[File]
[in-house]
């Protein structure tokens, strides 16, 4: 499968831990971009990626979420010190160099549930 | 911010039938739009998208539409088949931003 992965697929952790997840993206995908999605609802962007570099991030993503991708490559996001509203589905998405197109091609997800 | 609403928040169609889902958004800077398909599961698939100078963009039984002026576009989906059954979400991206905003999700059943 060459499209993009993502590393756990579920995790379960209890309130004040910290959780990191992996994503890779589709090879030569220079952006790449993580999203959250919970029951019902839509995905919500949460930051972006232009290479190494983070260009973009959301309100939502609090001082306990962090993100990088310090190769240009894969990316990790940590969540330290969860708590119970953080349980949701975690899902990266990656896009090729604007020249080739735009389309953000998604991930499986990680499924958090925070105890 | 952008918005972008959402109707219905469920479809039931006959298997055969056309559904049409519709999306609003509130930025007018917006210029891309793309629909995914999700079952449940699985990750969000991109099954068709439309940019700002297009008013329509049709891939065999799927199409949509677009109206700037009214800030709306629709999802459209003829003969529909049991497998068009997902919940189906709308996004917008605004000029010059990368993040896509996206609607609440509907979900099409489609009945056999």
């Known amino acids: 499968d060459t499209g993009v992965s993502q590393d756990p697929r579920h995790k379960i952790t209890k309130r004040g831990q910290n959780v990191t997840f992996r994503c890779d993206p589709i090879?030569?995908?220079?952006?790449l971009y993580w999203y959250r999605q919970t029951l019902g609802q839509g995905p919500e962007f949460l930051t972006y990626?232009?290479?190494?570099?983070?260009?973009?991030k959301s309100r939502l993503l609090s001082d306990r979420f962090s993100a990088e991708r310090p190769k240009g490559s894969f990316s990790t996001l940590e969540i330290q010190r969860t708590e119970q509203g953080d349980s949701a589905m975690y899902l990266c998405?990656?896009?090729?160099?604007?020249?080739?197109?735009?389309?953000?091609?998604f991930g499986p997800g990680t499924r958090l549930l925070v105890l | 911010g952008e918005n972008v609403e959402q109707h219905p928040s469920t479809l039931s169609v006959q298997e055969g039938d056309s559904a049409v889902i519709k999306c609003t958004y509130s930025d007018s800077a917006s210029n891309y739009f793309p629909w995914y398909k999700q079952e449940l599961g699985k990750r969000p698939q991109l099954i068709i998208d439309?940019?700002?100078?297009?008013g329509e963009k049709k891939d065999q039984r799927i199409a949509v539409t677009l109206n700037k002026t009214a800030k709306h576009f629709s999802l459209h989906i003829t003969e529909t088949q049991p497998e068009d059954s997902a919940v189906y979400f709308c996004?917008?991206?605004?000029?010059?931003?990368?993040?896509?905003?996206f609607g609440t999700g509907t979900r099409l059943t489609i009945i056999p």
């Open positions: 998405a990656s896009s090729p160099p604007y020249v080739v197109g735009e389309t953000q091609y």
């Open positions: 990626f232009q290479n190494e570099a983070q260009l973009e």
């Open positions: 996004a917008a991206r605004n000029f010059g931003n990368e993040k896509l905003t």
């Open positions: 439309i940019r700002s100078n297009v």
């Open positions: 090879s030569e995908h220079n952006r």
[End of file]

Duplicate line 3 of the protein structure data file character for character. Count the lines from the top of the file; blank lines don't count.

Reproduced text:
């Known amino acids: 499968d060459t499209g993009v992965s993502q590393d756990p697929r579920h995790k379960i952790t209890k309130r004040g831990q910290n959780v990191t997840f992996r994503c890779d993206p589709i090879?030569?995908?220079?952006?790449l971009y993580w999203y959250r999605q919970t029951l019902g609802q839509g995905p919500e962007f949460l930051t972006y990626?232009?290479?190494?570099?983070?260009?973009?991030k959301s309100r939502l993503l609090s001082d306990r979420f962090s993100a990088e991708r310090p190769k240009g490559s894969f990316s990790t996001l940590e969540i330290q010190r969860t708590e119970q509203g953080d349980s949701a589905m975690y899902l990266c998405?990656?896009?090729?160099?604007?020249?080739?197109?735009?389309?953000?091609?998604f991930g499986p997800g990680t499924r958090l549930l925070v105890l | 911010g952008e918005n972008v609403e959402q109707h219905p928040s469920t479809l039931s169609v006959q298997e055969g039938d056309s559904a049409v889902i519709k999306c609003t958004y509130s930025d007018s800077a917006s210029n891309y739009f793309p629909w995914y398909k999700q079952e449940l599961g699985k990750r969000p698939q991109l099954i068709i998208d439309?940019?700002?100078?297009?008013g329509e963009k049709k891939d065999q039984r799927i199409a949509v539409t677009l109206n700037k002026t009214a800030k709306h576009f629709s999802l459209h989906i003829t003969e529909t088949q049991p497998e068009d059954s997902a919940v189906y979400f709308c996004?917008?991206?605004?000029?010059?931003?990368?993040?896509?905003?996206f609607g609440t999700g509907t979900r099409l059943t489609i009945i056999p």